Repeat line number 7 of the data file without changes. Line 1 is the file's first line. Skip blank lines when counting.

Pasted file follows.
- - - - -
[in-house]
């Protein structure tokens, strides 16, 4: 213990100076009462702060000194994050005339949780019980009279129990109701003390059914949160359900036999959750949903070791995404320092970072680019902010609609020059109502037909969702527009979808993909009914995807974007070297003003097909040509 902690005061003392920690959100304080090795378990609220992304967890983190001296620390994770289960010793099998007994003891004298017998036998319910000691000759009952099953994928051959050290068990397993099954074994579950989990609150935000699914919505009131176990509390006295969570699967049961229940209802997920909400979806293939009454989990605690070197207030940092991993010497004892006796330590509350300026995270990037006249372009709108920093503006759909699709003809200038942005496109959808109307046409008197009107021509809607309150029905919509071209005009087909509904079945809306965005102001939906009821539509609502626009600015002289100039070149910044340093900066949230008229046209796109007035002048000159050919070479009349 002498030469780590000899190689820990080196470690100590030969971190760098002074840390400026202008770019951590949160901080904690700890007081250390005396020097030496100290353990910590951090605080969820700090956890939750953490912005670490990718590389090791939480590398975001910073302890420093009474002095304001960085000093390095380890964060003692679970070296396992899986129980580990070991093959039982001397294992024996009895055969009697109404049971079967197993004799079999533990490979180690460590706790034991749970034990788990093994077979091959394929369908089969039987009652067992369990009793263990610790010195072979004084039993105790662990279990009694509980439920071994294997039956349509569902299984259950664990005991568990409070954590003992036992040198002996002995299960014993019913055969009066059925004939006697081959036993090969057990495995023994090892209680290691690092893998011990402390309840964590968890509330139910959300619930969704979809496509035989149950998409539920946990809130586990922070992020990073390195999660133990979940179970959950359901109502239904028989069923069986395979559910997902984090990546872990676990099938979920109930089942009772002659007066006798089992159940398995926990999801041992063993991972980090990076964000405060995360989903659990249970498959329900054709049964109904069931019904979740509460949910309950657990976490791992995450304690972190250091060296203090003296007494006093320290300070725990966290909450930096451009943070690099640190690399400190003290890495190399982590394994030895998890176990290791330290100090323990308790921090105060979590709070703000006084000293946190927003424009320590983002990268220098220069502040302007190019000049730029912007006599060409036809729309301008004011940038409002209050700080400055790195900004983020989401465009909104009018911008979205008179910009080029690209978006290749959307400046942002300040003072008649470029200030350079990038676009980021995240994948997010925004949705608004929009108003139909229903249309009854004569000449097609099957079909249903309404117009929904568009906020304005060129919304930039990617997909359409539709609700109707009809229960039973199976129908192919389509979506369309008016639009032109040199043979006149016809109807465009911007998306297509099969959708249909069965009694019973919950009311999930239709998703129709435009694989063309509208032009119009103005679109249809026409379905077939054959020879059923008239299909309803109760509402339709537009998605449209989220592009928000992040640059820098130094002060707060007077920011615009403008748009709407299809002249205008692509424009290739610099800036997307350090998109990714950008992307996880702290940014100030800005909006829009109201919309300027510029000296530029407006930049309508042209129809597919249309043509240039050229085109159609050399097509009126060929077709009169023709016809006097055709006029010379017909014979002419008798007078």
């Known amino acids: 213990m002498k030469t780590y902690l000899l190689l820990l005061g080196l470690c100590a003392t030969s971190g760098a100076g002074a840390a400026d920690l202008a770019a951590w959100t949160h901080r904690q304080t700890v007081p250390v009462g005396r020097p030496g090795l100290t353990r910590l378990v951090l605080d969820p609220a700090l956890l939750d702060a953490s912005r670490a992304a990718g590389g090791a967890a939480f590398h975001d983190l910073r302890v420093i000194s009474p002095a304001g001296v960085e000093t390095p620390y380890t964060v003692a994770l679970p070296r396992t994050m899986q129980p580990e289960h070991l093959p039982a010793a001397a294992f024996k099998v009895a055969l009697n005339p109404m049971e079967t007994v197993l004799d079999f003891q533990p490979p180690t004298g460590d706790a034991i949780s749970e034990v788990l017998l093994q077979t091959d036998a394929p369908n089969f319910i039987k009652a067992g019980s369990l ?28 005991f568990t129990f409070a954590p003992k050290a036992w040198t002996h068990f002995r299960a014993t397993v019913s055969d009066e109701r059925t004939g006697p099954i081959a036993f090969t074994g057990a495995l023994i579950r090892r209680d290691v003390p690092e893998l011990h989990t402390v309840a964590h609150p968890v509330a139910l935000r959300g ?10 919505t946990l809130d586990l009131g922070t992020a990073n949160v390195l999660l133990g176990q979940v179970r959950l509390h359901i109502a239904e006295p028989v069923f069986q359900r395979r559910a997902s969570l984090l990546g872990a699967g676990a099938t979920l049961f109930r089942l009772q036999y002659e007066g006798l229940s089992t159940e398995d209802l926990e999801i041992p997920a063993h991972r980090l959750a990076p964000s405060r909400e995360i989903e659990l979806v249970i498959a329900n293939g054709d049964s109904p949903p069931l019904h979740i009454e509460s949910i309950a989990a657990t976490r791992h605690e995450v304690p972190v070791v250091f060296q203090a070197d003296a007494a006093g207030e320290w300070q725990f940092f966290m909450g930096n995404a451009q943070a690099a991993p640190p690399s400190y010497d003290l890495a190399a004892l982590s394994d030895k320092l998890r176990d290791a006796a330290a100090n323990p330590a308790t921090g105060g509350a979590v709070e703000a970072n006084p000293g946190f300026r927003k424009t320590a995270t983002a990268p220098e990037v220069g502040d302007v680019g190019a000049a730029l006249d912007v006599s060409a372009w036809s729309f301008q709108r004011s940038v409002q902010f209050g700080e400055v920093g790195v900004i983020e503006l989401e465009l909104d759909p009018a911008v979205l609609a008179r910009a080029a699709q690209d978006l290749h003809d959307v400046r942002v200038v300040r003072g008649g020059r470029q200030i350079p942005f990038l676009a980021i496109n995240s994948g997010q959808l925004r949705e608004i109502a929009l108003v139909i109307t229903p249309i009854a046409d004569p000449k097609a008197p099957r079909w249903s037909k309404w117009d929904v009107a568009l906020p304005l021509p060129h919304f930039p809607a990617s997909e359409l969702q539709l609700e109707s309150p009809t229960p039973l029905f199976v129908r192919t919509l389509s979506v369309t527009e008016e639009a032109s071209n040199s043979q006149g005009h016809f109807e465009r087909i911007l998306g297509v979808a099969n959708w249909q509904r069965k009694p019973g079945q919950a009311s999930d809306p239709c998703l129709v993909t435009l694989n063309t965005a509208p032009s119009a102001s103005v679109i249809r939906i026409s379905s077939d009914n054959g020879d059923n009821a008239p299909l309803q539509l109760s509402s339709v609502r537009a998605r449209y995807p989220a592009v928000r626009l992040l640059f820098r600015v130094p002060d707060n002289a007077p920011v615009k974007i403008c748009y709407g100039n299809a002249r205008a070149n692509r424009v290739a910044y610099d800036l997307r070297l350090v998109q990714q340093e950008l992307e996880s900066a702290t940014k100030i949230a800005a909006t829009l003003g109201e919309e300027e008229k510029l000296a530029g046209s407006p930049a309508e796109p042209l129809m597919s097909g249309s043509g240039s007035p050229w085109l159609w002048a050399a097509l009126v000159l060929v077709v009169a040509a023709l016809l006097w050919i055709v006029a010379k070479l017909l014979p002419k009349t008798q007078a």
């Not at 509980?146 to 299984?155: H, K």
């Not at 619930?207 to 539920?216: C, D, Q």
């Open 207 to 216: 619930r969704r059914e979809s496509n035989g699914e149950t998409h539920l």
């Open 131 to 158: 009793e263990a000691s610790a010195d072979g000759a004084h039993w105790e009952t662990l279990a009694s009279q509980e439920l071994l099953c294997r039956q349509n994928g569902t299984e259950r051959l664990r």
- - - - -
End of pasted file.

């Open 131 to 158: 009793e263990a000691s610790a010195d072979g000759a004084h039993w105790e009952t662990l279990a009694s009279q509980e439920l071994l099953c294997r039956q349509n994928g569902t299984e259950r051959l664990r």